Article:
Westernization In Africa's Continent Essay

Length: 5 pages Sources: 4 Subject: Literature Type: Essay Paper: #66632289 Related Topics: Africa, Greed, Imperialism, Democracy In America
Excerpt from Essay :

Imperialist Tendencies in Conrad

Thematically, there are a number of different issues that Joseph Conrad explores in his novel The Heart of Darkness. However, one can argue that the one that has the most relevance in contemporary times is the author's critique of imperialism. This interpretation of the novel (as a critique of imperialism) is apropos in contemporary times for the simple fact that one can posit the notion that the efforts of the United States in the Middle East are little more than updated forays into imperialism. Conrad, however, portrays imperialism from the vantage point of European powers and their initial forays to subject the continent of Africa. Through his skillful manipulation of characters such as Marlow, Kurtz, and the manager of the Belgium company whose interests these characters represent, Conrad is able to demonstrate that the aspirations of imperialism actually veil some of the more base, lower urges of man and 'civilized' man.

Perhaps the author's characterization of Kurtz helps to demonstrate this fact most eminently. Kurtz is a member of the company who starkly represents its imperialist desires. He is a European who is a skilled musician and painter; virtually no other characters can match his leadership abilities. These character traits are emblematic of Europe and its old world charms. However, Kurtz also most dramatically demonstrates the dangers of imperialism, which are largely manifested in the fact that in attempting to civilize and exploit what is deemed the uncivilized world, these Westerners fall prey to the very same sort of savagery that they are attempting to obliterate. For all of Kurtz's artistic sensitivity and cultivation, he is powerless to fight the effects of the Congo. Before long, he is running around on all four legs in a manner that is as uncivilized as that of any indigenous native -- and perhaps even more so (Marlow). This fact is demonstrable of Conrad's criticism of imperialism in a subtle way, because it evinces the fact that for all of the alleged superiority of Westerners, the very nature of imperialism (the desire to conquer, pillage and appropriate for one's self) creates urgings within mankind that are attuned with his lower, and not his higher nature. Were Kurtz's world, which previously consisted of a fiancee and his artistic endeavors, not suddenly reduced to the desire to enslave and steal ivory from indigenous people, it is highly unlikely that he would not have reduced his behavior to acting like an animal. In this regard, imperialism and the desires that actuate it are akin to animalistic urgings, which certainly is a way for the author to offer extremely poignant criticism of this practice.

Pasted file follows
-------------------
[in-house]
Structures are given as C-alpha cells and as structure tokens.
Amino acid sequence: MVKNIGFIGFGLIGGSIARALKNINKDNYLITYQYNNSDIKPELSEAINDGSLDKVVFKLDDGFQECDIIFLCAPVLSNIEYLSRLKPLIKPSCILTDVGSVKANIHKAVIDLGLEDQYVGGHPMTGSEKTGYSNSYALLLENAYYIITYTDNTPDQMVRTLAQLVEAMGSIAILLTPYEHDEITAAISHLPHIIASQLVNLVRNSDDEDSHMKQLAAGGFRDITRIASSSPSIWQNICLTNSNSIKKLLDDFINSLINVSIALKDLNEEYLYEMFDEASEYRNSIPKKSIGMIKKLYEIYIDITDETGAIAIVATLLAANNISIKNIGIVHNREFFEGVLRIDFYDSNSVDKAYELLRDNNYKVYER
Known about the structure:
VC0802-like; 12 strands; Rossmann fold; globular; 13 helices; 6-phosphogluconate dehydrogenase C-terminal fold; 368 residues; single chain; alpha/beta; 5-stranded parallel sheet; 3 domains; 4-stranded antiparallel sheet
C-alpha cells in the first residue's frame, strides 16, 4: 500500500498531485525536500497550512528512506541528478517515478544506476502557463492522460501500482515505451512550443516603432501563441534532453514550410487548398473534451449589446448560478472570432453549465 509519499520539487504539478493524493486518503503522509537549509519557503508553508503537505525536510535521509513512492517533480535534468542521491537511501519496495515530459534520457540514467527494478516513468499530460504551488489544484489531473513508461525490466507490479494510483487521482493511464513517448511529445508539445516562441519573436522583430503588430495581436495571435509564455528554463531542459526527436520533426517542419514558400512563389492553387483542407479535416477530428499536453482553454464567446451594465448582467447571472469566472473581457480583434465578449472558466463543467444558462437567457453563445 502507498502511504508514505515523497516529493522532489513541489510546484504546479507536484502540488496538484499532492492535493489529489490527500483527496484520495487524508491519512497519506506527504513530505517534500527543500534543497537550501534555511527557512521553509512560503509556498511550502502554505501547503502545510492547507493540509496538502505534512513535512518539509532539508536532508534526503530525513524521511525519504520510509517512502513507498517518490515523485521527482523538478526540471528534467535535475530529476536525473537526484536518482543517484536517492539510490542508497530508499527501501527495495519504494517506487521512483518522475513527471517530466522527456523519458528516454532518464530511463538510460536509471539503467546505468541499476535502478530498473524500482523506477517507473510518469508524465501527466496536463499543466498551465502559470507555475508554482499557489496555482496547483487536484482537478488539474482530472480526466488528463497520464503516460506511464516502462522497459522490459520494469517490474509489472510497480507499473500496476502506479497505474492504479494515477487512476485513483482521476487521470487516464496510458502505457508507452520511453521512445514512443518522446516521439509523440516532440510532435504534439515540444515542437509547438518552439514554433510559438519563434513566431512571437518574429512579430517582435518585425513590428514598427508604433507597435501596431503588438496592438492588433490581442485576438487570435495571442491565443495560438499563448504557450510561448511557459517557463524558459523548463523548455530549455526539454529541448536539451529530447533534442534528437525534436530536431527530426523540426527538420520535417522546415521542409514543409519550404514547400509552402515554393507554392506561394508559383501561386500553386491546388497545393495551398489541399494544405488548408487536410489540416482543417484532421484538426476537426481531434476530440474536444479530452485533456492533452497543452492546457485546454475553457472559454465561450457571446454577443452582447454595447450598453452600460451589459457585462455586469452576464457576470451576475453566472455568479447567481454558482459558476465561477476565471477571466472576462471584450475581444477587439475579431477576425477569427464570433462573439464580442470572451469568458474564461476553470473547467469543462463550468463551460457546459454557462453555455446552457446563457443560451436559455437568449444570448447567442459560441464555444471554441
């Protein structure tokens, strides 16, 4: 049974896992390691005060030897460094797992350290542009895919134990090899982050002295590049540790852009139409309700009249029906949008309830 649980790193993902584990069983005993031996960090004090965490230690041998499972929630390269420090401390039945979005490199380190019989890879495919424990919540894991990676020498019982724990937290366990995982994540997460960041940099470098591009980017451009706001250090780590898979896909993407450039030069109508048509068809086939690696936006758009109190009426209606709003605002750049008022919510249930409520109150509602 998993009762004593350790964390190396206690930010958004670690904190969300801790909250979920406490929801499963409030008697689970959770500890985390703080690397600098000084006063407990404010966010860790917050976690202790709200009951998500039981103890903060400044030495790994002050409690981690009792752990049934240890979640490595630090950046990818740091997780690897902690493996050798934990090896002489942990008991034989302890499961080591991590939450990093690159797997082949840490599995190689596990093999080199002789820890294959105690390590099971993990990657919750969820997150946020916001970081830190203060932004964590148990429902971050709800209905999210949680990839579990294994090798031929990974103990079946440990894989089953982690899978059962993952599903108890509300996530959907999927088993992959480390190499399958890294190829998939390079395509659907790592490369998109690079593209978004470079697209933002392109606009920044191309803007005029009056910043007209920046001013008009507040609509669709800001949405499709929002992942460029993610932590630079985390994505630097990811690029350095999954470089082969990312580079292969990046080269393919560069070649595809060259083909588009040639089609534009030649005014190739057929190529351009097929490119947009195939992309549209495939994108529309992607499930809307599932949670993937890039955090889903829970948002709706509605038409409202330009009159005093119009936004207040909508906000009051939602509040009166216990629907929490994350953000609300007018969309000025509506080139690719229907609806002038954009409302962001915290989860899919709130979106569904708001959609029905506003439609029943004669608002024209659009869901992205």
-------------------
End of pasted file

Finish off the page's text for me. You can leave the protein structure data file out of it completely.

In fact, the loss of decency, sensitivity, and sense of the humane is at the crux of Conrad's criticism of imperialism in this novel -- which directly correlates to the relevance of such criticism in contemporary times. This sort of debauchery is viewed by Marlow in several passages in the novel. The narrator's encounter with the El Dorado Expedition certainly reinforces this notion. The aforementioned expedition illustrates imperialism at its worst, and was not nothing more than a band of Europeans out to plunder and take any and everything of value that they encountered in the African jungle. The author's criticism of these endeavors and of this company itself is evinced in the subsequent passage in which Marlow regards them as less than human. After watching the company departs he reflects: "Long afterwards the news came that all the donkeys were dead. I know nothing as to the fate of the less valuable animals. They…found what they deserved" (Conrad). It is critical to note that in this passage Marlow refers to this rapacious company as "animals," and even compares them, unfavorably, to the pack of donkeys which they rode and which toted their belongings. Such a regard for these men is akin to some of the more contemporary occurrences that have taken place with the U.S. In its War on Terror: specifically in the war theater in Afghanistan. A 2014 article reveals that there were U.S. soldiers that were urinating on dead members of the Taliban (Bowman). The parallel between these actions and Marlow's reflection is clear: in both instance, there are Westerners regarding others as less than human. There is an innate sense of disregard for basic human life that urinating on a dead person signifies, somewhat as there is a disregard for human life evinced in calling men "animals." Although some might choose to


This fact is further corroborated by the loss of the sense of humane that the aforementioned U.S. soldiers manifested and which Marlow illustrates in the aforementioned passage.